′Any sentence signed is translated into English′ | Science| In-depth reporting on science and technology | DW | 16.03.2012
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'Any sentence signed is translated into English'

Scotland-based scientists say they are set to release an app to convert sign language into text. In a DW interview, its creator says he hopes to make it available for under $130.

Scientists from the University of Aberdeen in Scotland have announced the forthcoming release of the Portable Sign Language Translator (PSLT), a new software application that could be used to translate from various sign languages into written English through gesture recognition technology. The founders of Technabling, the Scottish startup behind the PSLT, say that they have been working on it for more than a year now, and hope to make it available by 2013.

To learn more, DW spoke with Ernesto Compatangelo, a lecturer in computing science at the University of Aberdeen and founder of Technabling.

DW: What exactly is the Portable Sign Language Translator?

Ernesto Compatangelo: Well, basically the PSLT is a software-based device that runs on a number of platforms, from smartphones to desktops and does exactly what it says in the title: it translates sign language into text. Any sentence that is signed is translated into a plain English sentence that appears on the device, or elsewhere.

So if I'm speaking to you in sign language and you have a PSLT in your hand, how would you use it?

Say you had an Android smartphone. You put the Android smartphone somewhere, you sign in front of it, and on the same side or on the opposite, you would see the text on the screen.

So what it's using is gesture recognition?

Yes. Gestures are recognized and depending on the sequence of gestures and the fact that you pause at the end of a signed sentence, then the English sentence corresponding to what you just said will appear immediately.

There are different sign languages all around the world. Which sign languages does your PSLT support for the time being?

We support a number of them. The PSLT can potentially accept any sign language. But you have to start somewhere and we started with British Sign Language and Makaton. [Ed: Makaton is an artificial language structure designed to help people with cognitive impairments communicate more effectively through pictographs, speech and gestures.]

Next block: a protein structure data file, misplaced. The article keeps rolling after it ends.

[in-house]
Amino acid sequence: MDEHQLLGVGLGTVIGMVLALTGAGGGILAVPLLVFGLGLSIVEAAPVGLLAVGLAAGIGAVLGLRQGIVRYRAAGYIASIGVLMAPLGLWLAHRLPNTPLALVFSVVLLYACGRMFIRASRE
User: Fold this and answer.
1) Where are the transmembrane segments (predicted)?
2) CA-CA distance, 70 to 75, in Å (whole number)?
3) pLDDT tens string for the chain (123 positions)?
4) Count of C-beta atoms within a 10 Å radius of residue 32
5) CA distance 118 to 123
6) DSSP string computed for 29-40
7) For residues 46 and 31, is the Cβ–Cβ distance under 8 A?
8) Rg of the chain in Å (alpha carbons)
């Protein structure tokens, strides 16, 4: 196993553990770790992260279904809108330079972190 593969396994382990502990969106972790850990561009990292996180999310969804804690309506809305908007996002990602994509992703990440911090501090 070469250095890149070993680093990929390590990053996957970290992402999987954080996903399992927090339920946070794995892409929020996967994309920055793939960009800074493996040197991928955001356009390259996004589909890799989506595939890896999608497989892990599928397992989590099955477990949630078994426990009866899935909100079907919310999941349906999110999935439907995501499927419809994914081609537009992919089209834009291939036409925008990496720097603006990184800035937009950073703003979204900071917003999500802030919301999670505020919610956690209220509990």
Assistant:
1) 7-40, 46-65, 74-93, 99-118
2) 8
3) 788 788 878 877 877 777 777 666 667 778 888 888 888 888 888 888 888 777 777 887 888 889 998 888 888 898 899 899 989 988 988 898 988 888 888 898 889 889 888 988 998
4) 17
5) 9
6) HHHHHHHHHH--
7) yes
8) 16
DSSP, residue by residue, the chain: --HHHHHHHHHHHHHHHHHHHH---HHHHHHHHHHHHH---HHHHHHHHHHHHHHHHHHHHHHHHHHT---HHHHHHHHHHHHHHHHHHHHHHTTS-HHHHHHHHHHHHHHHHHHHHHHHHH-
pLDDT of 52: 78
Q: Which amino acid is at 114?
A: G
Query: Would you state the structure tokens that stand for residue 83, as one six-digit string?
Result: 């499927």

But this is purely coincidental. The system is fully customizable. We load different libraries corresponding to different sign languages or different regional variations of sign languages.

Do you have any sense at this point as to how this would become available or how much it would cost?

It's very likely we will make it available for download. In terms of costs, we haven't decided yet, but in terms of customer base, we definitely want to make it something affordable. So we're not talking about hundreds and hundreds of pounds.

At the moment the cheapest smartphone is about 100 pound or 100 euros ($130), and we think our device shouldn't be more than that. We're also exploring alleys where our device could be provided by the National Health Service or other health care services and so it would be provided for free.

With machine translation, like we would use with Google Translate, it takes many many blocks of text that have been translated by a human from a source language into a target language, and then scans those texts to determine rules as a way to generate new translations.

The way sign language is translated into text is a slightly different thing. If you take a spoken language, say German, into a another language, say English, you have roughly the same expressive power. It's just a way of expressing the symbols, and the grammar is different but the expressive power is similar. Sign languages are much less expressive than written or verbal language, and so on top of the translation we have a process of enrichment, so beefing up the whole thing.

So a typical example, if in sign language you want to say, "Tomorrow I will have to go to the supermarket to buy some food," the way you would sign it is something like, "tomorrow, me, go, supermarket, buy, food." But you understand that the expressiveness is just not there. Tenses are not there, articles are not there. Once you get the set of signs, you have to do a more sophisticated work of interpolation, so you have to add the right tenses and the right articles to make sure that what comes out is perfect English so that it's not something that sounds funny or incomplete.

Interview: Cyrus Farivar
Editor: Holly Fox

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